HELENA — The Montana Legislature once more took up the issue of school choice during a lengthy hearing on a bill that would open the door to public charter schools in Montana.
Speaking before the House Education Committee Wednesday, Rep. Ed Hill, R-Havre, informed fellow lawmakers that Montana is one of only five states in the nation that has not yet embraced charter schools, which are funded by taxpayers but operate independently of the public school system. Hill said he hopes to change that with House Bill 633. The measure would authorize the establishment of such schools in Montana, grant them autonomy over their finances, their curriculum and their staff, and create a new commission and approval framework to oversee those schools.
“This public charter school bill will provide an option for innovation outside our current traditional public school,” Hill said.
Hill and other speakers noted that legislation similar to HB 633 has been introduced numerous times in the past, specifically during the 2011, 2013, 2015 and 2017 sessions. None of those efforts cleared the Legislature.
Throughout the more than two-hour discussion, supporters framed charter schools as giving Montana parents and students more choices in K-12 education. Debra Lamm, who worked alongside then-Rep. Mark Blasdel in 2011 to craft that session’s bill, said the instructional flexibilities afforded by charter schools would work well for children looking for an alternative to public school or for those who have “fallen through the cracks.” Montana Family Foundation President Jeff Laszloffy testified that the state stands to benefit from being late to the game authorizing charter schools in that it can “look at what’s been tried in every other state, pick the very best of that.” The point was reiterated by Russ Simnick, senior director of state advocacy for the National Alliance for Public Charter Schools.
“You guys have the benefit of learning from over 30 years of collective knowledge of charter schools, from the failures and from the successes,” Simnick said. “We analyze and rank every state’s law across the country, and after reading this bill I can tell you it’s a state-of-the-art bill.”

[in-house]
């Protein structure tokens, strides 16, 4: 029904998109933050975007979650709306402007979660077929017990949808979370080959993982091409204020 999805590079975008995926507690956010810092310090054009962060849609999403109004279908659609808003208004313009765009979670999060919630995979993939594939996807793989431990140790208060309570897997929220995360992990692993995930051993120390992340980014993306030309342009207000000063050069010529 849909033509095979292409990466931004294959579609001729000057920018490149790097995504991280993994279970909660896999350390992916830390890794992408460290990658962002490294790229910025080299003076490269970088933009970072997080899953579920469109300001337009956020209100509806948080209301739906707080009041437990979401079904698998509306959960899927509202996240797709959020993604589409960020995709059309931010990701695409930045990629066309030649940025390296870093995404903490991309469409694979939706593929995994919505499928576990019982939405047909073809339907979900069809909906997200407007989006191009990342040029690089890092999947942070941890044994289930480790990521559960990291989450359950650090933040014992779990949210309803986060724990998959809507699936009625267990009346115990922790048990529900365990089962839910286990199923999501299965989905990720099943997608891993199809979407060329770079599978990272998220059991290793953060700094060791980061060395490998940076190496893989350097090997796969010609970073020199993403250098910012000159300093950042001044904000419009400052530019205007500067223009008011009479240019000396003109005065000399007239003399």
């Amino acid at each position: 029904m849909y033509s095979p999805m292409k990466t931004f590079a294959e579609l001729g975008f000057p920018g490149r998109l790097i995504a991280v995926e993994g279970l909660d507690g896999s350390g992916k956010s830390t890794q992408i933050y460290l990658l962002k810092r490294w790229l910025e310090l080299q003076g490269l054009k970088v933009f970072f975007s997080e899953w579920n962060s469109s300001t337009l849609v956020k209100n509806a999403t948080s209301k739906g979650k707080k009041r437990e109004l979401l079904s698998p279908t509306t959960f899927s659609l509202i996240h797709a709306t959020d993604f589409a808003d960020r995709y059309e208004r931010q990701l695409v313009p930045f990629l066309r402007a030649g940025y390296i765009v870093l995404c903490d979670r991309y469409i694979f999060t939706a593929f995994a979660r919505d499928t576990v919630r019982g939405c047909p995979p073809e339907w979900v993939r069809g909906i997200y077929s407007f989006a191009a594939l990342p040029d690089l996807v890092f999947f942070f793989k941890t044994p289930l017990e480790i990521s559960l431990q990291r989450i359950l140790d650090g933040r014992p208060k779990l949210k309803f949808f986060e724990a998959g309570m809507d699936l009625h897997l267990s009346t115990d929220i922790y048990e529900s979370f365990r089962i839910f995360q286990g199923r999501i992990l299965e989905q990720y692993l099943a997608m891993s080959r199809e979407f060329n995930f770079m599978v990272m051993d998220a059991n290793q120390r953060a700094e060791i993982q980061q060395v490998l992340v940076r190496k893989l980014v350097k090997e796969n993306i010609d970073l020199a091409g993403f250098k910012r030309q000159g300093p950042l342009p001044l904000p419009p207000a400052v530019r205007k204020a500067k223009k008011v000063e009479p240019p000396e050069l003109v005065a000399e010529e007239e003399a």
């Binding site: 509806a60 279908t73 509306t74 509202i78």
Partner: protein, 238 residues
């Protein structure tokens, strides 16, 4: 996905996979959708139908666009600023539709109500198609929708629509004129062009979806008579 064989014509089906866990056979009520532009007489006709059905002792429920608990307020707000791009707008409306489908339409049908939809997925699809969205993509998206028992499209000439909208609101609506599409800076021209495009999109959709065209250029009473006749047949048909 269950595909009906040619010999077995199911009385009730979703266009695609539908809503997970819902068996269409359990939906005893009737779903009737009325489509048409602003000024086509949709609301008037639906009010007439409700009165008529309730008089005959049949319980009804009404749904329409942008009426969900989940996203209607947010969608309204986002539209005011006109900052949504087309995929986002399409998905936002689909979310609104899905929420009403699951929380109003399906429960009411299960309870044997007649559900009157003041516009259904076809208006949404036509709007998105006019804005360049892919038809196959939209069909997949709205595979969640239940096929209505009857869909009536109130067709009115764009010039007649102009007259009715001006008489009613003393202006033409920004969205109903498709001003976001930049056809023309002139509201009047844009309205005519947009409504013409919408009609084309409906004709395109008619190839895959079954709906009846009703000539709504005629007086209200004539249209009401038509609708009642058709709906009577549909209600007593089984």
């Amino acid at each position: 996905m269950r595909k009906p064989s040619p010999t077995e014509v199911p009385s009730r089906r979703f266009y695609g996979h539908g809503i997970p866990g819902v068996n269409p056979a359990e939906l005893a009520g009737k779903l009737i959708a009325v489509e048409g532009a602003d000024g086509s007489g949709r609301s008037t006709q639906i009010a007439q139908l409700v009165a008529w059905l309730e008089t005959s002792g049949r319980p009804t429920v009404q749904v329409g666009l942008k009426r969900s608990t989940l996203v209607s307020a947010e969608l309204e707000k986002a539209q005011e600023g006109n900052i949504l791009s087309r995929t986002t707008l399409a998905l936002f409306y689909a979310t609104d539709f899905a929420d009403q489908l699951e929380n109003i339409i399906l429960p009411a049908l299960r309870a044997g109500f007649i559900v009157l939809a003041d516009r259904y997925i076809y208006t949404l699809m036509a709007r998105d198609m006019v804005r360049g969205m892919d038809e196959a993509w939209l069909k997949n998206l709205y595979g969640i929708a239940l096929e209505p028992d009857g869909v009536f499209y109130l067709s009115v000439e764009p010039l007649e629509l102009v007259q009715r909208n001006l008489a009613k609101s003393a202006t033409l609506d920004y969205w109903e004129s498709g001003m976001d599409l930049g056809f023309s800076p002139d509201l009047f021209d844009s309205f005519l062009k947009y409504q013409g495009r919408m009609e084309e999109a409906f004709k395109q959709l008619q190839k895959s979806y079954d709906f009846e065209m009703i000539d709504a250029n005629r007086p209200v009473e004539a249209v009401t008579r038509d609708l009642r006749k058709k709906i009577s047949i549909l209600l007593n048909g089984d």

Supporters of the bill also pointed to the charter school model set by the Barney Charter School Initiative in Michigan, which has more than a dozen affiliate schools nationwide, including in Fruitland, Idaho. A second affiliate is slated to open in Post Falls, Idaho, in fall 2022. Montana Attorney General Austin Knudsen was among the bill’s proponents as well, speaking as a father and the sponsor of charter school bills in the 2013 and 2015 sessions.
“Montanans like choice, and we’re told we have choice in everything we do except when it comes to publicly educating our kids,” Knudsen said. “Somehow when it comes to public education, we’re told, ‘No, that square peg is going to fit in that round hole or we’re going to make it.’”
Opponents countered that HB 633 would stretch education funding in Montana and build a parallel and duplicative school system to the one currently overseen by the Board of Public Education. Amanda Curtis, president of the Montana Federation of Public Employees, said that would equate to “growing government.” The issue was also addressed in a legal review note compiled by the Legislative Services Division, which said HB 633 could raise constitutional questions related to the BPE’s authority over public schools. Curtis also highlighted concerns about how the bill would ensure adequate oversight of newly established charter schools.